The Executioner, the Boogieman and the Ghost are among boxing's most nightmarish nicknames
Last Updated: 31/10/15 6:53pm
Halloween is upon us so you will see plenty of scary costumes but will people be adopting new nerve-wrangling names to frighten us on the night?
Well, boxers have been tricking and treating us for years and when it comes to 'marish monikers we have picked 10 of the best... or the worst! In no particular order, here are some of the horror-friendly handles...
He is as scary and long-lasting as any boxer there's been but Bernard Hopkins' nicknames simply add to the intrigue. A few years ago, his first nickname B-Hop-ped out and The Executioner entered behind the sinister addition of a hangman's mask. Crossing the arms whenever he could, Hopkins eventually axed the Executioner before his fight with Karo Murat two years ago. It was five days before Halloween when the Alien landed...
There is something sinister when the monicker matches the man when he's in the ring, and Mike McCallum is the classic and frightening example. The Jamaican middleweight owned the hardest bodyshot in the business back in the 1980's and 90's. He was a three-weight world champion and took on and beat the best, including Julian Jackson, Herol Graham, Steve Collins and Michael Watson, yet there was one fighter's body he couldn't snatch - James Toney, who called Lights Out on the Bodysnatcher's career.
Spell it how you like, everyone knows the Boogieman is bad news. In name alone he was supposed to scare bad kids so much, they would turn good. Jesse Ferguson wasn't quite as scary, and if ever there was a heavyweight gatekeeper, it was he - the likes of Mike Tyson, Hasim Rahman, James Smith, Oliver McCall and Britain's own Frank Bruno proved the Boogieman's name was worse than his fight.
James Smith is one of the fighters whose first name we've forgotten. But the bottom line is Bonecrusher was his name and crushing opponents was his game. The American heavyweight will be remembered for slowly and surely grinding down Frank Bruno, and he could punch a bit as well. Regardless of the result, everyone knew they were in for a long, hard night. Just ask Tony Tubbs, Tim Witherspoon and Mike Tyson who all claimed the points but came nowhere near to crushing him inside the distance.
He didn't bite anyone's ear - that we know of - but Wilbert Johnson was the sort of showman this sport still needs. The middleweight from Middletown, Ohio, had an average career in the ring but was far from the middle of the road when it came to his name. He had his two front teeth missing, giving him the famous fang-look but the 1980s scrapper took it further than that. The Vampire was carried to the ring in a coffin and literally rose into the ring wearing a black cape, sporting that sinister smile. There can be few fighters who looked friendlier with the mouthguard in.
Not quite a Halloween costume in the making but a nickname that spread fear - out of the ring at least. The late Andrew Lewis was not claiming to be something from another planet but his punches would leave you with multiple vision. Or at least several sore bonces! The Guayanan moved to New York and hit fame when he took on the the rough and tough WBA welterweight champion Ricardo Mayorga back in 2001, only for the fight to end as a no-contest due to a cut... not all Six Heads, only one of them. The rematch the following year saw Six Heads knocked out in five.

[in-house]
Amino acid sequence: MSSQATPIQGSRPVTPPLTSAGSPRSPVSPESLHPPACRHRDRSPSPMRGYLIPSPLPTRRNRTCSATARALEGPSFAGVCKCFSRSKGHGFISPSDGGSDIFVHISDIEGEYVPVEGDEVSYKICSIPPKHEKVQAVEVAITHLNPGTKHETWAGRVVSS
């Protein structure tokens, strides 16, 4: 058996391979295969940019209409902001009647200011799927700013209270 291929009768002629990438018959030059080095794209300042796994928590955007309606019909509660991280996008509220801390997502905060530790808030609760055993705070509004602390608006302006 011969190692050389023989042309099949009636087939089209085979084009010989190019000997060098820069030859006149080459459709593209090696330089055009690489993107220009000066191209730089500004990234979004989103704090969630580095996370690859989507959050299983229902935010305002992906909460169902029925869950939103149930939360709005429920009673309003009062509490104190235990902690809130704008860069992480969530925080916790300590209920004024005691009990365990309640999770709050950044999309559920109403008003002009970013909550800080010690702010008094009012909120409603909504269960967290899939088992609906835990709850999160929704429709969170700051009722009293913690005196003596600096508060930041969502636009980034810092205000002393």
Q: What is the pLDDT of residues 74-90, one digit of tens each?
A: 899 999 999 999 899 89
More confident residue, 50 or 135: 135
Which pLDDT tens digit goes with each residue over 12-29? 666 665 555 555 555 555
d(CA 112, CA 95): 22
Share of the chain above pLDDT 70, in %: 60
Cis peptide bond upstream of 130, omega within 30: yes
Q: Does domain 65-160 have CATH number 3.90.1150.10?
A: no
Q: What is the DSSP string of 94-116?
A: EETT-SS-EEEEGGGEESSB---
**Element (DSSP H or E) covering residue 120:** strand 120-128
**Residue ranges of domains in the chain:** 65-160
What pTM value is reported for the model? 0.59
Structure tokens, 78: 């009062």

We've all had bad dreams but on a dark night, you do not want to bump into a 6' 3" heavyweight like Chris Arreola before bedtime. The California fighter failed to grab Vitali Klitschko's WBO title in 2009 and missed out on the vacant WBC belt last year when he was stopped in six by Bermane Stiverne. But the Nightmare has returned and with 18 out of 31 of his KOs coming inside three rounds you know the night could be short.
Robert Guerrero might look paler than plenty world-title winners when it comes to fight time but he has been seen before - and will be seen again - which puts him ahead of any other ghost. The welterweight was given his alias due to his elusiveness in the ring, when kids would ask "where did he go? He's like a ghost! Now you see him, now you don't". Floyd Mayweather, Keith Thurman and Gamaliel Diaz might have beaten him but they struggled to catch him clean over 12 rounds.
The Living Death
Lew Jenkins is not the first fighter with two nicknames but when you switch from the Sweetwater Swatta - where he lived in Texas - to the same moniker used by a 1920s silent movie, a modern-day horror film from Korea or a German rock band of the 1980s, you are going to spread fear throughout the land. The lightweight boxed 119 times in 20 years and served in World War II before resuming his career. The Living Death passed away in 1981, a day before Halloween. A remarkable man who had more than an amazing moniker to his name.
It is part and parcel of boxing and not many of us actually like it but when one fighter chooses it as their nickname, you probably want to keep your lights on - and certainly don't go out shopping after dark. Mitch Green was a New York heavyweight who had taken Mike Tyson the distance in May 1986. Green wanted a rematch but was denied it so when he learned Tyson was out in Harlem doing some shopping, the red mist descended. Green allegedly threw a punch in the scuffle but in the end Tyson cut loose and the Blood's nose needed five stitches.